In the Capay Valley, we are fortunate to have a growing community of young and beginning farmers and ranchers. The challenges they face to build a successful career are numerous, but perhaps the biggest is reliable access to land. Nationwide, the price of farmland has risen dramatically in recent years, more than tripling in value from 2003 to 2013. What’s happening to farmland in the U.S. is part of a larger phenomenon also occurring in developing countries. [Read more…]

Harvest of the Month

We recently enjoyed a visit from Bill Jensen who works at Northside Elementary School in Cool California (a bit east of Auburn). He came to pick up vegetables for the Harvest of the Month program, a statewide effort to increase access to fruits and vegetables in schools throughout California.  Bill explained that the school’s garden doesn’t come into production until March and he needed some broccoli to serve.  The students will develop presentations for the classroom and prepare a recipe to take home.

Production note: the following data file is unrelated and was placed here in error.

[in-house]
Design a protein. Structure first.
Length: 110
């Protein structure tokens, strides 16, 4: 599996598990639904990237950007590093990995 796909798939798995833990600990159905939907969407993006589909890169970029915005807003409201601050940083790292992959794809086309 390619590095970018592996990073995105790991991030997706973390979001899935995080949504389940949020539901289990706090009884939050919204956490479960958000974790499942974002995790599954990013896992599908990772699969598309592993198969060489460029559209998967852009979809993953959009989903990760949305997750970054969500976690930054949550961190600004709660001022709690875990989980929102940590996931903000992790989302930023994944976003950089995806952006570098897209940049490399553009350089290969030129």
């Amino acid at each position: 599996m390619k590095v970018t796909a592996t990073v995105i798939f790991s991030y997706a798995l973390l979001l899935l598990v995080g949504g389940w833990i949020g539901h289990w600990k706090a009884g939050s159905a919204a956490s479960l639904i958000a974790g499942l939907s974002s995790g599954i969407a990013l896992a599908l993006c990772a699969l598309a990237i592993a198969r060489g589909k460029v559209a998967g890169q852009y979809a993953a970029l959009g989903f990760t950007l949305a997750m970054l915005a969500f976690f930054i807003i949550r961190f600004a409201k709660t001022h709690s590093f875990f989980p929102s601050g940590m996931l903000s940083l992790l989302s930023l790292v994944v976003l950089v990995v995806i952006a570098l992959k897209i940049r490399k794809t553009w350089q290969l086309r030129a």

In Bill’s photo, kindergarten students are harvesting their first crop of carrots.

News from the Farm | January 26, 2015

It feels as though there is so much to write about at this moment in time: the blooming almond trees, the 75° weather, winter/spring cooking, and our new farm babies.  We got news yesterday that our neighbors at Pasture 42 welcomed a beautiful little girl into the world.  Delphine Louise joins Arlo Alois Muller (4 months) and Teodoro Rodriguez Ochoa (3 months) in the one and under crowd here in Guinda, CA.  Since our newest little farm boys have not gotten an official Beet welcome, here they are with their ringleader, Rowan.  We are elated to introduce them to you. 














[Read more…]

News from the Farm | January 19, 2015